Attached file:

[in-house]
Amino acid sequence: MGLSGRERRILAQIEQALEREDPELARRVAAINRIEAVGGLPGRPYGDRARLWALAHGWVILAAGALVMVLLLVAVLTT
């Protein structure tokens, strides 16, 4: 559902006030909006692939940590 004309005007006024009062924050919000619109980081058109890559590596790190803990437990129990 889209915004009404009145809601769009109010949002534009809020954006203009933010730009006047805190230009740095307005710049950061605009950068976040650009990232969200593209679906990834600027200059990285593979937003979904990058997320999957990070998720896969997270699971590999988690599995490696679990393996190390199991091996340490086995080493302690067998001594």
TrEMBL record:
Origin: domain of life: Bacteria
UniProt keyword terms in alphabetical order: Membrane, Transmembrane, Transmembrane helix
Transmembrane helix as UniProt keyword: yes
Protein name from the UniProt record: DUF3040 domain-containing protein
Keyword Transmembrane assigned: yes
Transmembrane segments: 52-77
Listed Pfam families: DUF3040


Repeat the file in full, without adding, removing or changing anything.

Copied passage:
[in-house]
Amino acid sequence: MGLSGRERRILAQIEQALEREDPELARRVAAINRIEAVGGLPGRPYGDRARLWALAHGWVILAAGALVMVLLLVAVLTT
């Protein structure tokens, strides 16, 4: 559902006030909006692939940590 004309005007006024009062924050919000619109980081058109890559590596790190803990437990129990 889209915004009404009145809601769009109010949002534009809020954006203009933010730009006047805190230009740095307005710049950061605009950068976040650009990232969200593209679906990834600027200059990285593979937003979904990058997320999957990070998720896969997270699971590999988690599995490696679990393996190390199991091996340490086995080493302690067998001594």
TrEMBL record:
Origin: domain of life: Bacteria
UniProt keyword terms in alphabetical order: Membrane, Transmembrane, Transmembrane helix
Transmembrane helix as UniProt keyword: yes
Protein name from the UniProt record: DUF3040 domain-containing protein
Keyword Transmembrane assigned: yes
Transmembrane segments: 52-77
Listed Pfam families: DUF3040